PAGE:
Because Land Cruiser.

I put a computer controlled engine in my 1978 FJ40. Such a fun project. So it turns out that most car folks aren't computer folks, and outside of engineering, they're definitely not electronics folks. There are so many solutions out there for life's little problems, but so few solutions out there for vehicle speed sensors (henceforth "VSS"). <lecture> In case you're wondering, yes. you will need a VSS for the proper operation of of a computer controlled vehicle. Some people say no, but I am not one of those people. Don't take it out of the computer, don't disable the sensor, don't just put tape over the check engine light. You're better than that, and fuel emissions are so easy, stretch your brain. No cheating, it's not required. </lecture> Not all VSS' are created equal. I originally spent a ton on the Jags That run M22 4pulse sensor. It's a good solution, but mine was interfering with the parking brake cable and eventually broke. I took a moment to look at the sensor while it was open and it's a flywheel with 4 magnetic points on it that pass over a magnetic reed switch. Solid analog approach. I wish it were mounted inline with a flexible cable instead of a rigid aluminum housing. It appears at this time, the original M22 sensor is gone and there's an even more expensive reluctor wheel solution. For the price, TBI computers aren't really concerned about accuracy. Any fluctuating signal will do really. Get in the ballpark and it'll make do.


For MY Land Cruiser the problem I was faced with was a physically compatible sensor which was from a Mitsubishi Montero (Junkyard Score) or... Rock Auto - 1999 Montero Speed Sensor, being electronically incompatible with the engine computer. There's a path here... somewhere...

montero speed sensor


This sensor puts out an absurd, 32 pulses per rev and is a hall effect or optical type sensor. Totally fine, this will work...

Side note about these types of sensors... Since they're solid state passive (non generative) they do require some sort of power input. Generally they function in a range that includes 5v to 20v. This isn't always guaranteed, but I would bet that 5v is a good place to start.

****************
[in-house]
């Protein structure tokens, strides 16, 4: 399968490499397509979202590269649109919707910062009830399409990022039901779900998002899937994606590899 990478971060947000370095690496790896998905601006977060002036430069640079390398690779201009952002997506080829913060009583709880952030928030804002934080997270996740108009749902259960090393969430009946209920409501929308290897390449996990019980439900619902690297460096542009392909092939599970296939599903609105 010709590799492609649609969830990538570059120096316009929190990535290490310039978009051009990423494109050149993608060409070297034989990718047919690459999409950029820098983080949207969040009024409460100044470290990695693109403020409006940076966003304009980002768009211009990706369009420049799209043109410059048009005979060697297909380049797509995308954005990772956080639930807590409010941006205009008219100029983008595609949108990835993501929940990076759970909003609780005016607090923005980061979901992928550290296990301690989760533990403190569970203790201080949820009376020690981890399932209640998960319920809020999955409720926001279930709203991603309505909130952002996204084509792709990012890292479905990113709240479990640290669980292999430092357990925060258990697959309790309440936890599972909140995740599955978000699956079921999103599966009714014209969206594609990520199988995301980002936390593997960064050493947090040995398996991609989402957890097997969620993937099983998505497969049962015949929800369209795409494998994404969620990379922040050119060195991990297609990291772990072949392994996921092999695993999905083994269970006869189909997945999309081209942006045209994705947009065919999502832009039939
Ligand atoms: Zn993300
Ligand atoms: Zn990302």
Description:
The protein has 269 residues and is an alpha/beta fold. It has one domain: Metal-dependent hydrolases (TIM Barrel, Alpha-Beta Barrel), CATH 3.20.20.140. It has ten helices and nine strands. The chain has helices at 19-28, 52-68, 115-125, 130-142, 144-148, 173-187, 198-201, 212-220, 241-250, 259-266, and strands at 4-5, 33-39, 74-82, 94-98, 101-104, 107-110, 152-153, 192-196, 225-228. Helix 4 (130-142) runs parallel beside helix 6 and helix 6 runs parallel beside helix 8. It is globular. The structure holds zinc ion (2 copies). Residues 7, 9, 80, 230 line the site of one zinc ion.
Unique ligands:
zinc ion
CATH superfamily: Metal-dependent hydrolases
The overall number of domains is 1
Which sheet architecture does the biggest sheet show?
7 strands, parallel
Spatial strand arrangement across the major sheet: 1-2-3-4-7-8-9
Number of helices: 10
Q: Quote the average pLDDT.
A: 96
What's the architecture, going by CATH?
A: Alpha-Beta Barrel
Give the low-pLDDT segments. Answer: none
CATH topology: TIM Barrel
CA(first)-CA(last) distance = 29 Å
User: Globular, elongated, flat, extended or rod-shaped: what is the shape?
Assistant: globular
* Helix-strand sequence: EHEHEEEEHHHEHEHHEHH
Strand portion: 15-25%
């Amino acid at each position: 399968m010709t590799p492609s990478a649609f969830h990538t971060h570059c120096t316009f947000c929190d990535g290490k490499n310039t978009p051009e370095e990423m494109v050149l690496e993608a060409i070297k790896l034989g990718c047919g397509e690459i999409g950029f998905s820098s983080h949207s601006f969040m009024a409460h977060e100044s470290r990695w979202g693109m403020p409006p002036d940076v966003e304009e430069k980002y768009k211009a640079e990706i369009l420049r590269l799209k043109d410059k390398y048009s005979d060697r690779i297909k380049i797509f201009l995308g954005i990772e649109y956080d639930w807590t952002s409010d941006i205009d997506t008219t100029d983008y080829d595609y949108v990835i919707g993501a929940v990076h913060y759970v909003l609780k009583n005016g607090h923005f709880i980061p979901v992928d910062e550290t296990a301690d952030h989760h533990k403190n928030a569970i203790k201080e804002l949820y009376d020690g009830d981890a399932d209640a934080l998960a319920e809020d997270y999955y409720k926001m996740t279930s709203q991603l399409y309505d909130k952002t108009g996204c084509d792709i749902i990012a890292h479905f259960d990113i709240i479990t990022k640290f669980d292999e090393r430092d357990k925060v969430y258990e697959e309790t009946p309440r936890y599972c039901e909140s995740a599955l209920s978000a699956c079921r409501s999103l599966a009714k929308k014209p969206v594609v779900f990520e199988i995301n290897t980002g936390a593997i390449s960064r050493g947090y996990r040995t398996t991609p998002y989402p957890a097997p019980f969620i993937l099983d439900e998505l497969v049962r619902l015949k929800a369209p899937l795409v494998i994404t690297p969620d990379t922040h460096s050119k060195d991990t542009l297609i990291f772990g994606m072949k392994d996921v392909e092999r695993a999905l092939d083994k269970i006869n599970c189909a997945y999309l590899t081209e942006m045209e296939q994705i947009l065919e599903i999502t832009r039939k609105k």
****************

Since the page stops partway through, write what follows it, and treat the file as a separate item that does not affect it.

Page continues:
...then we realize that the 1989 GM TBI computer requires a short to ground "sensor" with 4 pulses (shorts) per rev. No problem, what is a 12v to 5v power regulator that uses this weird hall effect sensor to ground out a transistor connected to the VSS input going to cost me? Well, nothing because it doesn't exist. Add in a circuit that divides pulses (binary) to get from 32 pulses down to 4, and we have been presented with an opportunity to learn some pretty simple electronics. Who doesn't want a stroll down PCB design lane to the corner of electrical engineering and computer engine control? I'm no fool, and definitely not scared of a little soldering iron...

Where to start?

Well I know I have to divide pulses, so this is binary logic essentially.  one on/off cycle should equal a single on, then the next on/off cycle will equal an off... so on and so forth. It turns out (I wasn't aware of this at first) some smart people at Texas Instruments have made a 14-pin IC that does all of this magic with multiple divisors. so a 32 pulse signal can be reduced to 4 pulses... PERFECT! Here's the engineering sheet on this chip. It's called a binary counter...

Here's a quick actual real breadboard POC of this IC. It's actually pretty awesome. 

This chip, is powered by a 5v supply, so this is what I need to figure out how to provide from a filthy, 13.4v~ish battery/alternator. Turns out this is pretty dang easy. Whew knew!